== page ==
Novel nesprin-1 mutations associated with dilated cardiomyopathy cause nuclear envelope disruption and defects in myogenesis.
journal contributionposted on 30.06.2017, 09:08 by Can Zhou, Chen Li, Bin Zhou, Huaqin Sun, Victoria Koullourou, Ian Holt, Megan J. Puckelwartz, Derek T. Warren, Robert Hayward, Ziyuan Lin, Lin Zhang, Glenn E. Morris, Elizabeth M. McNally, Sue Shackleton, Li Rao, Catherine M. Shanahan, Qiuping Zhang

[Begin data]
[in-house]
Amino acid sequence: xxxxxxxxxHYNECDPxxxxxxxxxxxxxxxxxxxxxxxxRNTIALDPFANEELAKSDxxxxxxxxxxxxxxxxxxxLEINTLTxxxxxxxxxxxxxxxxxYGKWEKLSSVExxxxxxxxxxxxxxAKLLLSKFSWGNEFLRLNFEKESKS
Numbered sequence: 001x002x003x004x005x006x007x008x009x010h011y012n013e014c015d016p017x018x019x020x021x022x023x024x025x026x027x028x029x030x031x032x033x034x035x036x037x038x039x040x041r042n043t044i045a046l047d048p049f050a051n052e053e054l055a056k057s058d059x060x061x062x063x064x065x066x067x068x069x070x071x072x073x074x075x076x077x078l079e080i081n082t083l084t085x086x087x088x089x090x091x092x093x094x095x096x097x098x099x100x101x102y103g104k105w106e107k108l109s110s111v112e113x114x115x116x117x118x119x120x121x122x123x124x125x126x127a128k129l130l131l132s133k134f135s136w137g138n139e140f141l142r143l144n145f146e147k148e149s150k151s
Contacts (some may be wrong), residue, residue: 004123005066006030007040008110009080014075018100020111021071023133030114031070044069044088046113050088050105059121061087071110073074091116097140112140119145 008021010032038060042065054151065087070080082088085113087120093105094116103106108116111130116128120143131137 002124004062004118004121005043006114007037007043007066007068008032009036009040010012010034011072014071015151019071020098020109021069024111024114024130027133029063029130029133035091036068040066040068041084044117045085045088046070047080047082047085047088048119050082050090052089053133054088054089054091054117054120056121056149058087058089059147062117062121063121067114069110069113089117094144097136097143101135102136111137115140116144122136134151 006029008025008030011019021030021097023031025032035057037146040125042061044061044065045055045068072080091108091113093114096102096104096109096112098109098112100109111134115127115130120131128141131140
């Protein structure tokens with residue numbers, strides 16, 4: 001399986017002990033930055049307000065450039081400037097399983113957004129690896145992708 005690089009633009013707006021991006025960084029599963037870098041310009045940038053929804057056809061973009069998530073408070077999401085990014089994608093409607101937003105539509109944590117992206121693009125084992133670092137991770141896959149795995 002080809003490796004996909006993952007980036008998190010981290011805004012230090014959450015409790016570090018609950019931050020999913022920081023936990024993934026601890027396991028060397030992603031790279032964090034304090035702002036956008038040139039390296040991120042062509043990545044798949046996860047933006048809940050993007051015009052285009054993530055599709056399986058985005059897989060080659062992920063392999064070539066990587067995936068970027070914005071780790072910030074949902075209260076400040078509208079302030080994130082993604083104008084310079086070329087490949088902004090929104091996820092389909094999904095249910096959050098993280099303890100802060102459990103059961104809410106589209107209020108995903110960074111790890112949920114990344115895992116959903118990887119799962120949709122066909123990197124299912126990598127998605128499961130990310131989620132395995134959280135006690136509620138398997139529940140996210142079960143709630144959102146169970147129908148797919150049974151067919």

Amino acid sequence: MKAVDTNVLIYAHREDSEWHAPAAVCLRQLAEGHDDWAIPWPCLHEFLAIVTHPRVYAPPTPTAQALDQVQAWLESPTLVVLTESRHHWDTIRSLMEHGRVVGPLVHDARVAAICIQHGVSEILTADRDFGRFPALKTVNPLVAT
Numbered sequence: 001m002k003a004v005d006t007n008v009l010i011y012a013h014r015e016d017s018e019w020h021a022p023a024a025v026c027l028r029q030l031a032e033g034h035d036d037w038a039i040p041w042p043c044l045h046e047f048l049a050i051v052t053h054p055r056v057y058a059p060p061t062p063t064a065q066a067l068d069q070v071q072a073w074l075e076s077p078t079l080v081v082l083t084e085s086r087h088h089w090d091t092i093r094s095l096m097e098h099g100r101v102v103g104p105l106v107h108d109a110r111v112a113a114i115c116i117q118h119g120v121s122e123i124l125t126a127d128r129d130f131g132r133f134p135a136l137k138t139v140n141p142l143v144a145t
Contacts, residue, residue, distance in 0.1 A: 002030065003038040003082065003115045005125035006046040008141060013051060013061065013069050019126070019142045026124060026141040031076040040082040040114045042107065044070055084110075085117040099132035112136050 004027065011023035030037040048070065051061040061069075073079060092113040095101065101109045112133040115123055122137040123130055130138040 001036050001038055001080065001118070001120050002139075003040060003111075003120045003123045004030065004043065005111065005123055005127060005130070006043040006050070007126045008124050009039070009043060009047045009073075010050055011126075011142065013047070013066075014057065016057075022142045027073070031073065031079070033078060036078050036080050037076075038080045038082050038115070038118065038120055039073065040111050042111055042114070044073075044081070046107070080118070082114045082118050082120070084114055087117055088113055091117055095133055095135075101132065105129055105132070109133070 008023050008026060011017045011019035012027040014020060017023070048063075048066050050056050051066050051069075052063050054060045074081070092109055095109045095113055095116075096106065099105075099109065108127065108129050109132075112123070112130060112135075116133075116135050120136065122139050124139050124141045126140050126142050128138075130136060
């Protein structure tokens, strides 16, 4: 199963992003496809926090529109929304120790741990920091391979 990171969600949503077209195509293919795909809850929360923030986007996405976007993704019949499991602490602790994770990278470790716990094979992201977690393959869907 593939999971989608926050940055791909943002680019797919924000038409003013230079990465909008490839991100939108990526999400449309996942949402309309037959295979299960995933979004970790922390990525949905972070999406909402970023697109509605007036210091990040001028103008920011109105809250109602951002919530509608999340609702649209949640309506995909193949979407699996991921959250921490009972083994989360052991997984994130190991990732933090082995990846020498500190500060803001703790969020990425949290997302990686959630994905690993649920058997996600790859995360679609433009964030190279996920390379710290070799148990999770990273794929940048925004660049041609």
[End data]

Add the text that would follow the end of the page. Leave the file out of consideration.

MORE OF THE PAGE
Nesprins-1 and -2 are highly expressed in skeletal and cardiac muscle and together with SUN (Sad1p/UNC84)-domain containing proteins and lamin A/C form the LInker of Nucleoskeleton-and-Cytoskeleton (LINC) bridging complex at the nuclear envelope (NE). Mutations in nesprin-1/2 have previously been found in patients with autosomal dominant Emery-Dreifuss muscular dystrophy (EDMD) as well as dilated cardiomyopathy (DCM). In this study, three novel rare variants (R8272Q, S8381C and N8406K) in the C-terminus of the SYNE1 gene (nesprin-1) were identified in seven DCM patients by mutation screening. Expression of these mutants caused nuclear morphology defects and reduced lamin A/C and SUN2 staining at the NE. GST pull-down indicated that nesprin-1/lamin/SUN interactions were disrupted. Nesprin-1 mutations were also associated with augmented activation of the ERK pathway in vitro and in hearts in vivo. During C2C12 muscle cell differentiation, nesprin-1 levels are increased concomitantly with kinesin light chain (KLC-1/2) and immunoprecipitation and GST pull-down showed that these proteins interacted via a recently identified LEWD domain in the C-terminus of nesprin-1. Expression of nesprin-1 mutants in C2C12 cells caused defects in myoblast differentiation and fusion associated with dysregulation of myogenic transcription factors and disruption of the nesprin-1 and KLC-1/2 interaction at the outer nuclear membrane. Expression of nesprin-1α2 WT and mutants in zebrafish embryos caused heart developmental defects that varied in severity. These findings support a role for nesprin-1 in myogenesis and muscle disease, and uncover a novel mechanism whereby disruption of the LINC complex may contribute to the pathogenesis of DCM.